# Homework Help: Motor rotation direction in DC

1. Apr 24, 2012

### Femme_physics

Last edited by a moderator: May 5, 2017
2. Apr 24, 2012

### Staff: Mentor

Yes, that will reverse the direction of rotor current.

3. Apr 27, 2012

### Femme_physics

Ahh...too easy! Thanks.

4. Apr 27, 2012

### OldEngr63

DC machines have some really nice characteristics, this being one of them. Easy speed control is another. They have some no-so-nice characteristics, like carbon brushes that wear and commutators that spark, but it is all a trade off.

5. Apr 27, 2012

### Staff: Mentor

The one I like most of all is the BIG starting torque!

OldEngr63, you might be able to answer something that I glossed over in my brief answer here. Notice I said reverse the rotor current. With the typical DC motor having field and rotor in series, I'm wondering if we reverse the polarity of both together will the rotor spin not reverse?

6. Apr 27, 2012

### OldEngr63

To change the direction of rotation, we need to change the direction of the rotor current while holding the field direction constant. If the rotor and field are in series, then reversing the external terminals should have no effect on the direction of rotation.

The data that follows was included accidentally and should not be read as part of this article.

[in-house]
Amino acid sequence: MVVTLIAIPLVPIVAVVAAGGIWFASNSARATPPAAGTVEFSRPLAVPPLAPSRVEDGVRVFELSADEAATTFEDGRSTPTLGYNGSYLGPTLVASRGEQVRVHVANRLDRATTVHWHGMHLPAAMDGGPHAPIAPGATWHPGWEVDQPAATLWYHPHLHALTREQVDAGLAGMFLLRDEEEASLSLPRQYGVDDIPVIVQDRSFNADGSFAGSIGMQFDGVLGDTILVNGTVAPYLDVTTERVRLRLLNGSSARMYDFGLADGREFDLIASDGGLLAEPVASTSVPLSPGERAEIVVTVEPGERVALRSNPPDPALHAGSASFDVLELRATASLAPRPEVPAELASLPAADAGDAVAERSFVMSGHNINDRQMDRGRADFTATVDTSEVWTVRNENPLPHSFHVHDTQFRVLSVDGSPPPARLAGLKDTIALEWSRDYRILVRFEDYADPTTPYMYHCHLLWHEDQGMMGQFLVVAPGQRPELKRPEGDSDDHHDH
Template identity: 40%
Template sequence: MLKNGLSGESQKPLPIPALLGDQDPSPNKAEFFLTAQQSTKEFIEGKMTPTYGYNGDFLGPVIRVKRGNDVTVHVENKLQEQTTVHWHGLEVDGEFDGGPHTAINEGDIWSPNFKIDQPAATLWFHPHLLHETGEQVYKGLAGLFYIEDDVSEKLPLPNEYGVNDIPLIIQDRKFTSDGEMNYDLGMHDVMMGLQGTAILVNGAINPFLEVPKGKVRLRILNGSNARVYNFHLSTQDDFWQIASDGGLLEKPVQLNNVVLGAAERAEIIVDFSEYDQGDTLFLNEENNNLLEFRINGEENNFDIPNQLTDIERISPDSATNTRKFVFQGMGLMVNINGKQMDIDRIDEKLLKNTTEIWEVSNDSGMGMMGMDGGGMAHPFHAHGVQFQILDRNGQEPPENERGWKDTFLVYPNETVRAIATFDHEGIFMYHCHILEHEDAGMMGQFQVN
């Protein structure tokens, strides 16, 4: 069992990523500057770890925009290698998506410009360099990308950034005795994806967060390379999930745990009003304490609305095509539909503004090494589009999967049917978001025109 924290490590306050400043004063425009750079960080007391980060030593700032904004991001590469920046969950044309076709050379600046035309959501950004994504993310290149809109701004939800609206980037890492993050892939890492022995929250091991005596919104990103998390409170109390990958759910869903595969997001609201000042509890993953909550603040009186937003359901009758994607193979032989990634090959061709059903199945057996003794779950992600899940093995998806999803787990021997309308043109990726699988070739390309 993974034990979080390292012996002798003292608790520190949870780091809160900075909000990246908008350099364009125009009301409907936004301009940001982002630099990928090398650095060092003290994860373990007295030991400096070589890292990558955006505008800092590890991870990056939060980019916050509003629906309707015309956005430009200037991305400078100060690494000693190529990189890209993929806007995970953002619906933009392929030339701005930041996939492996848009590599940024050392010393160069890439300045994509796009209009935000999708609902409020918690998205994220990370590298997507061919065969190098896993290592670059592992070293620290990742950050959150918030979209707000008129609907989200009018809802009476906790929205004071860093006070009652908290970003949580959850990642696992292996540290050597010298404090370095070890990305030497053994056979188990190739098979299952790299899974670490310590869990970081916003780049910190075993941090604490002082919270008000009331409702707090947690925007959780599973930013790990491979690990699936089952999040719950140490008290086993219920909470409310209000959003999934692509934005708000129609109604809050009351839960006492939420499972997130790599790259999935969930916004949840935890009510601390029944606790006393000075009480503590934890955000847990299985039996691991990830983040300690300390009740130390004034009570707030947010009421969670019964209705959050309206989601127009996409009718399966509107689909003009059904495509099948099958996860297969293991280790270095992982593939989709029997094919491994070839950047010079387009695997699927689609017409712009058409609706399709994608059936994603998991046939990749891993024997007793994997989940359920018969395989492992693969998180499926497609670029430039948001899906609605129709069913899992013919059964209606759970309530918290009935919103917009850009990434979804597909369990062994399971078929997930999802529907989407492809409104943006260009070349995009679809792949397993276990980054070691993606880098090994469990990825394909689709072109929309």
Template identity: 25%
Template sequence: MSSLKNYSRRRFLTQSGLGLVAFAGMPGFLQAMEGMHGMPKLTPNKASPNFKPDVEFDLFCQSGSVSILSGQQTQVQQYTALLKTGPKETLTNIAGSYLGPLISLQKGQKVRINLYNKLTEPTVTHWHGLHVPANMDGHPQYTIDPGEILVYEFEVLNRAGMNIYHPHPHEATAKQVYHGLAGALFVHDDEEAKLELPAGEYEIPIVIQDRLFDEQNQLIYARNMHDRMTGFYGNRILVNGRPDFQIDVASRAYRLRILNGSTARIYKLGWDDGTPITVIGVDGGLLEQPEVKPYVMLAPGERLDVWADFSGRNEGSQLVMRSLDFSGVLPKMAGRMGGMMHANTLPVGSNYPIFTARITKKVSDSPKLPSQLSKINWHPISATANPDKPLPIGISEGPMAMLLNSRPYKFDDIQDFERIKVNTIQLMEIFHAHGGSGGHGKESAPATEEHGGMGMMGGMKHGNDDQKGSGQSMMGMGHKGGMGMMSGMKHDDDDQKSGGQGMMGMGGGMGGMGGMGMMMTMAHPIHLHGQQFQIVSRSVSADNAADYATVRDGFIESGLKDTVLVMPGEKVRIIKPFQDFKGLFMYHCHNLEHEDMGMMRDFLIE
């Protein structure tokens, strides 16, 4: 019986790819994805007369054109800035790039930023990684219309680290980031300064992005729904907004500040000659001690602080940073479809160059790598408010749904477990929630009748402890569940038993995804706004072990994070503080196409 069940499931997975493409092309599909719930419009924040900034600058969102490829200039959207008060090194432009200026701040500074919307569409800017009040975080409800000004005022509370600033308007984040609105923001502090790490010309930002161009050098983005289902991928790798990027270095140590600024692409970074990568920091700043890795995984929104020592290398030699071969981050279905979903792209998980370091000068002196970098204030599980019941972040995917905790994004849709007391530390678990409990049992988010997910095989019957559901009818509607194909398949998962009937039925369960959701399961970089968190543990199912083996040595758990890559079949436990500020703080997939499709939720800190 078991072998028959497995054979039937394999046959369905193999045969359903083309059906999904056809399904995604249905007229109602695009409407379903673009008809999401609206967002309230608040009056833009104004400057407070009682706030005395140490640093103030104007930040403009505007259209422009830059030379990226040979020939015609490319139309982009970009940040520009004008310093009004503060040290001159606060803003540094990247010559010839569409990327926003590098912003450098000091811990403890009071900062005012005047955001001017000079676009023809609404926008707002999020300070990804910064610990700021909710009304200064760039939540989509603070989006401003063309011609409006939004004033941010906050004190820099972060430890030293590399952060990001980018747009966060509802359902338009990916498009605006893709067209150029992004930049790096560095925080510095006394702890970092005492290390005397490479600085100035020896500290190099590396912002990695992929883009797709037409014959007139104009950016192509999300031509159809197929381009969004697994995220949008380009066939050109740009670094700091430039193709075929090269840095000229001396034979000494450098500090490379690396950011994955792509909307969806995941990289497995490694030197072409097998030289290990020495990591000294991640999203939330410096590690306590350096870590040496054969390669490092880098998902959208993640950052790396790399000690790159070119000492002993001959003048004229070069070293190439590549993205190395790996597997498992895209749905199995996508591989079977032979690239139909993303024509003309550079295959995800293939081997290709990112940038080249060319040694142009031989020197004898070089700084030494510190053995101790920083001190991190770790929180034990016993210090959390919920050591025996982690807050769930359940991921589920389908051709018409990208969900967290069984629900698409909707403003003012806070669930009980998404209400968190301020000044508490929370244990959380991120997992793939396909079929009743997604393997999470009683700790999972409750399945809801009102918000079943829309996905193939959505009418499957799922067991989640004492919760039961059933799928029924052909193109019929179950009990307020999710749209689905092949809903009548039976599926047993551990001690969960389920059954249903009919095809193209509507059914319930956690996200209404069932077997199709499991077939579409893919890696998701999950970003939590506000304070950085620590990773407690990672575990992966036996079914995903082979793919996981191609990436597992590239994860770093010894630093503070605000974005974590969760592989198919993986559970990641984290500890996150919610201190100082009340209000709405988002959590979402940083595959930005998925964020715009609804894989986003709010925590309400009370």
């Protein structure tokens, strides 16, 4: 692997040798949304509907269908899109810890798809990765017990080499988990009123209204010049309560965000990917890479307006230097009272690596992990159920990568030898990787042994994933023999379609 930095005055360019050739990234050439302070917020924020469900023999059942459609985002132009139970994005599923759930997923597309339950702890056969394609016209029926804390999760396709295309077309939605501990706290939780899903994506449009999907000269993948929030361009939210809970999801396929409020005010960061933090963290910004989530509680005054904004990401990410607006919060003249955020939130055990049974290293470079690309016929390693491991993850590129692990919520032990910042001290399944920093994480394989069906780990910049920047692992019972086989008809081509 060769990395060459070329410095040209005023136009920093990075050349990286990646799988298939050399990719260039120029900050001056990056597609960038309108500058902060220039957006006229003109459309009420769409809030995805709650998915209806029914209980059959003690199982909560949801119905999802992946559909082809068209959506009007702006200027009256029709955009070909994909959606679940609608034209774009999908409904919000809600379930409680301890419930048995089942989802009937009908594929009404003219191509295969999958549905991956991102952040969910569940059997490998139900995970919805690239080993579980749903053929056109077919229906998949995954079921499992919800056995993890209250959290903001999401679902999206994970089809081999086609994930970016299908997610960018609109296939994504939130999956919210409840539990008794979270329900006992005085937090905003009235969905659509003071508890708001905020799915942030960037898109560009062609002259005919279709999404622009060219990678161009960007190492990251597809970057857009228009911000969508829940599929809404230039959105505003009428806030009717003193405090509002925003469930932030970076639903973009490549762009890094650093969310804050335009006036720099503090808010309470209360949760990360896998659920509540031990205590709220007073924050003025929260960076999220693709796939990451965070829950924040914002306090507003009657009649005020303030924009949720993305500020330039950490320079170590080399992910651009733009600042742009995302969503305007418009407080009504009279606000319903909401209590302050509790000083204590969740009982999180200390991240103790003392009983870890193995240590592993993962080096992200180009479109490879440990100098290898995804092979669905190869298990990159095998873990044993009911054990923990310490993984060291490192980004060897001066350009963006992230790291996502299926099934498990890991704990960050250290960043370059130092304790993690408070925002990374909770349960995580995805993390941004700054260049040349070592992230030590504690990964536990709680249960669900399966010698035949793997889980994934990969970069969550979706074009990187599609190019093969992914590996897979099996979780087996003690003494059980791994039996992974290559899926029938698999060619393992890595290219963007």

7. Apr 27, 2012

### Ouabache

Practical example: I have a 1/2"-drive, electric drill. The reversing switch recently broke. I wired an external DPDT switch in a small box, that accomplishes exactly what you have indicated.
Yay it works again. Wooo hoo.

8. Apr 28, 2012

### Staff: Mentor

On my first read of this question I wondered whether it originated with a trick question. We are all told how reversing the voltage to a DC motor reverses its rotation. Except it doesn'tâ€” not unless the motor has permanent magnets for the field. Otherwise, one must reverse the rotor current, or the field current, but not both together. https://www.physicsforums.com/images/icons/icon6.gif [Broken]

Pondering this further: I guess it would be feasible, especially with the lower current of a shunt field, to include a bridge rectifier inside the motor to maintain the direction of the field current even when the motor's terminal voltage is reversed. So then we really would have a DC motor whose rotation reversed when the terminal voltage was reversed! https://www.physicsforums.com/images/icons/icon10.gif [Broken]

Last edited by a moderator: May 5, 2017